In the late period of Lyme disease demyelinating involvement of the central nervous system can develop and MS can be erroneously diagnosed; 2007;69 (1):117-9. Epub 2007 Jan 2
Other recognized forms of Lyme include Arthritic Lyme, Cardiac Lyme, Ocular Lyme and Auditory Lyme. Chronic fatigue, chronic pain or fibromyalgia symptoms are common. Coincidentally or not, the term fibromyalgia and chronic fatigue syndrome were coined during the same time period as a resistance to recognizing chronic Lyme disease became the norm.
Some of the other symptoms and conditions that can indicate Lyme disease include constant headaches or migraines, night sweats, heart palpitations, neck pain, jaw and teeth pain, anxiety, sleep disorders, fatigue, memory issues (Lyme fog) and autoimmune disorders.
Less than half of Lyme infected individuals bitten by a tick, develop the classical bulls eye rash or erythema migrans (EM). As a result, many individuals may not realize they are infected. Within weeks of infection, individuals often develop flu-like symptoms and can experience a significant deterioration in their health, either gradually or rapidly. Many do not develop symptoms for years.
When using antibiotics or natural antibacterial remedies, the body can experience a die off of the bacteria. This causes what is known as a Herxheimer reaction or a flare up of the symptoms. The patient can initially feel worse, which may lead them to believe, incorrectly, that they are having an adverse reaction to the remedy. These reactions can actually indicate that the remedy is working. Lyme sufferers may experience many Herxheimer reactions throughout the curative process.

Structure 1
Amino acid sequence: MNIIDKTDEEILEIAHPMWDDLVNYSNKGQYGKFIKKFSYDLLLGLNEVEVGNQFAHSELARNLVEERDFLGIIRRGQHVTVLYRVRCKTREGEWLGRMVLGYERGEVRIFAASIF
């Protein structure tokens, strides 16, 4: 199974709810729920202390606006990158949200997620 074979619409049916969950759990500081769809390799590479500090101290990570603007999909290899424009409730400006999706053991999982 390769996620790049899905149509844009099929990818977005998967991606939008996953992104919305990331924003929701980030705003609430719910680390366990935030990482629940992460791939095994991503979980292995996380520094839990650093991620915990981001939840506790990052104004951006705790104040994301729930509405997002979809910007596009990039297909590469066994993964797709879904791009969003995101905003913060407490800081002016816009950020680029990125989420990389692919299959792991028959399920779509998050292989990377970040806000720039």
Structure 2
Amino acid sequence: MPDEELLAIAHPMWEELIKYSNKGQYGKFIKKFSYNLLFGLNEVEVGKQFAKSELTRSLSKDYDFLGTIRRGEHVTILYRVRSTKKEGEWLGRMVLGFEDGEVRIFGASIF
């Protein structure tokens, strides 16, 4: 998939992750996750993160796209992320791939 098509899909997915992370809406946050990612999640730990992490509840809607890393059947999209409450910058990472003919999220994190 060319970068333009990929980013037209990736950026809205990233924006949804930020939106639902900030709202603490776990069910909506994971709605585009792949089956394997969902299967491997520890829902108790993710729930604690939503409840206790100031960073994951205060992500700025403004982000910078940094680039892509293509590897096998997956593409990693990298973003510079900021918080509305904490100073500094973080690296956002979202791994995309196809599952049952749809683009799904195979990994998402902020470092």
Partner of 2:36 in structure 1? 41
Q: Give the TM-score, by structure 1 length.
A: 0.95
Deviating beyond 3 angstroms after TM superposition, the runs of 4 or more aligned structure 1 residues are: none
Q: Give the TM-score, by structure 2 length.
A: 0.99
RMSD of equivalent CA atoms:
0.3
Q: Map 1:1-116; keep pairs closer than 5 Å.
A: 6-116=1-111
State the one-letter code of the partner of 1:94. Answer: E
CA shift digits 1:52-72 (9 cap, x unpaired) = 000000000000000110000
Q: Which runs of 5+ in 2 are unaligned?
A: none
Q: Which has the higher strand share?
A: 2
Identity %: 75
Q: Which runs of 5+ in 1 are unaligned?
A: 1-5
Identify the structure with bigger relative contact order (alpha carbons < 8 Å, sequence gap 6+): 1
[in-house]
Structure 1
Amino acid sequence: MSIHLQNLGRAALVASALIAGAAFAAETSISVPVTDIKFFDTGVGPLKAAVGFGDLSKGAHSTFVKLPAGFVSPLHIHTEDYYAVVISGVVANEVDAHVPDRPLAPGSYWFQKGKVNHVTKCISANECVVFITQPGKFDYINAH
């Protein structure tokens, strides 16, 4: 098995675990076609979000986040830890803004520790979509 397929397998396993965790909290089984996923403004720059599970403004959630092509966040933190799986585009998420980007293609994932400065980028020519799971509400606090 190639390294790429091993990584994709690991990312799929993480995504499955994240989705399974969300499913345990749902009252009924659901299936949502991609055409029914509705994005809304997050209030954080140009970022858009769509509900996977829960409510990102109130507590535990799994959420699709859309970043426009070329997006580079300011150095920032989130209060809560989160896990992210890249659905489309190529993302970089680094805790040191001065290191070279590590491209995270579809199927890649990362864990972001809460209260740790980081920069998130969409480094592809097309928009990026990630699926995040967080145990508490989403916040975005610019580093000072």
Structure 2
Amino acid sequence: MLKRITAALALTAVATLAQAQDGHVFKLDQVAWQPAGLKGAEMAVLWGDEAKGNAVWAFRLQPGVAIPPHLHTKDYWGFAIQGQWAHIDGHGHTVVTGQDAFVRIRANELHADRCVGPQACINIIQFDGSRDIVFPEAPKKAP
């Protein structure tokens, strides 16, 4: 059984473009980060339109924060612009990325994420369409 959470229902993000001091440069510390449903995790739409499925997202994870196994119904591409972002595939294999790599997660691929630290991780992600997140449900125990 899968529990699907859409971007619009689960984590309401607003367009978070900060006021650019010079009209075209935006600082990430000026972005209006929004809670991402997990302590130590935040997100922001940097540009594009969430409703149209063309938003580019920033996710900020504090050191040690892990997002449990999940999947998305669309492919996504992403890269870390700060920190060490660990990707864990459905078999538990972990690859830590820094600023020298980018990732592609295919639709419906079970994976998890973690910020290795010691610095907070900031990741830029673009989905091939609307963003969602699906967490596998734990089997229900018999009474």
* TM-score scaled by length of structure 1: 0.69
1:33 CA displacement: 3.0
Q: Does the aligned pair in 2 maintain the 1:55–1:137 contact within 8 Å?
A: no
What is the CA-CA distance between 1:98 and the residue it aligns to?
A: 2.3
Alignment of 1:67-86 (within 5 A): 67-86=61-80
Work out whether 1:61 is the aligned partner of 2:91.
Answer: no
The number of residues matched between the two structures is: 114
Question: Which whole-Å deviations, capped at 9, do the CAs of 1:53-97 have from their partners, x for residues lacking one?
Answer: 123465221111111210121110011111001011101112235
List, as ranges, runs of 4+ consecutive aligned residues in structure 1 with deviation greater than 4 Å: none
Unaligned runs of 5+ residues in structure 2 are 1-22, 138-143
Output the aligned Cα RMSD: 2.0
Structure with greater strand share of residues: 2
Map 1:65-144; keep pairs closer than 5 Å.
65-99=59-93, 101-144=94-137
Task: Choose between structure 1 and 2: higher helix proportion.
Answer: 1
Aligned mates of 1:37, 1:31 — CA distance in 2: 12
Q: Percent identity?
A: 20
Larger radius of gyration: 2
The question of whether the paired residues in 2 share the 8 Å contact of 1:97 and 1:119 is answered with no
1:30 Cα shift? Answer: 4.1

One of the most trusted names in Lyme medicine is that of Robert Bransfield, MD. For those who don’t know who he is, Dr. Bransfield is a practicing psychiatrist from New Jersey who is also a long-time member of the International Lyme and Associated Diseases Society (ILADS). He is a recognized expert in the psychiatric and neurological manifestations of Lyme disease.
Dr. Bransfield published a very important article in December, 2007, in Psychiatric Times (www.psychiatrictimes.com) entitled “Lyme Disease, Comorbid Tick-Borne Diseases, and Neuropsychiatric Disorders”. In this article, written primarily for practicing psychiatrists, he effectively presents the medical aspects of Lyme as it affects the brain with resulting neurological and psychiatric manifestations.
He begins by discussing the fact that Lyme has taken the place of its cousin, syphilis, as the “new great imitator”. But Lyme represents much more a challenge because it is more difficult to diagnose properly and more difficult to eliminate. Combining these two factors with the confusion that is often generated by the presence of co-infections, it makes Lyme medicine the “ultimate” challenge for the average medical practitioner. Frequent symptoms listed by Dr. Bransfield include: fatigue, cognitive impairments, depression, anxiety, irritability, headache, and a multitude of other symptoms. Often fibromyalgia, chronic fatigue syndrome, or multiple sclerosis (MS) has been diagnosed.